By Dan Kennedy • The press, politics, technology, culture and other passions

An anti-Nixon mole in the control booth?

Just because Richard Nixon was paranoid doesn’t mean they weren’t out to get him.

There is a surprising (to say the least) passage near the top of the New York Times’ obit of movie director Arthur Penn this morning:

Mr. Penn’s direction may have also changed American history. He advised Senator John F. Kennedy during his watershed television debates with Richard M. Nixon in 1960 (and directed the broadcast of the third debate). Mr. Penn’s instructions to Kennedy — to look directly into the camera and keep his responses brief and pithy — helped give Kennedy an aura of confidence and calm that created a vivid contrast to Nixon, his more experienced but less telegenic Republican rival.

George Will, eat your heart out.

I couldn’t find anything amplifying on the Times’ parenthetical aside. But it stands as yet another battle in the decades-long war between Nixon and the media.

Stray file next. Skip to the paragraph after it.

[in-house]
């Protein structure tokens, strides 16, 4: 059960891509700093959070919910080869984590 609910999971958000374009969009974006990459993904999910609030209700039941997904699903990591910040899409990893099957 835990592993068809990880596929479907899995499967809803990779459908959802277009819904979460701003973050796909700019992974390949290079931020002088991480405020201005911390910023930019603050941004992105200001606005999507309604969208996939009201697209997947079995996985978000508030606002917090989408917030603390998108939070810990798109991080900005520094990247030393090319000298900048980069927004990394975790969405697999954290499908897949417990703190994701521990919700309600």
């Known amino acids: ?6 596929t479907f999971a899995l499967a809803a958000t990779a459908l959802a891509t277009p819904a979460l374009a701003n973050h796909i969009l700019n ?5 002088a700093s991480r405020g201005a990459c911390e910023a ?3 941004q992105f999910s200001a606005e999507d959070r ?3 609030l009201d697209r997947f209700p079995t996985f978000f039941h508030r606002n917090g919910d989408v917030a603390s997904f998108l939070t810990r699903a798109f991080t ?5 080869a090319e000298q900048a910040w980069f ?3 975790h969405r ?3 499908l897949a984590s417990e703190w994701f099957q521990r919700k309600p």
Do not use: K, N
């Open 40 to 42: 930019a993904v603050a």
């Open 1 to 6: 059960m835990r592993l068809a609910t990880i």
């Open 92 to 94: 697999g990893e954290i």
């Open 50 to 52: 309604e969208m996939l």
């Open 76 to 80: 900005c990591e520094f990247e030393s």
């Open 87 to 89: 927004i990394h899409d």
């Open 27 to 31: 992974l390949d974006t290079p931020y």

Update: Steve Stein solves the mystery.

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  1. This isn’t really news. A young Don Hewett, creator of 60 Minutes, directed the first Nixon/Kennedy debate. He advised Nixon in the ways of television, including using make-up. As we all know, that advice didn’t take.

    Also, this Times obit doesn’t say Penn didn’t give the same advice to Nixon — I would guess that he did.

  2. This seems like a blatant rigging.

  3. Steve Stein

    Kennedy and Nixon were in 2 different locations for the third debate – Kennedy was in NYC, Nixon was in Hollywood (with the panelists). So if Penn was also in NYC, he would have been able to advise Kennedy but not Nixon (in person).


    • Dan Kennedy

      @Steve: I think you just won a free subscription to Media Nation.

  4. Steve Stein

    Well at least that’s something, seeing as how my Media Nation paychecks always seem to bounce. 🙂

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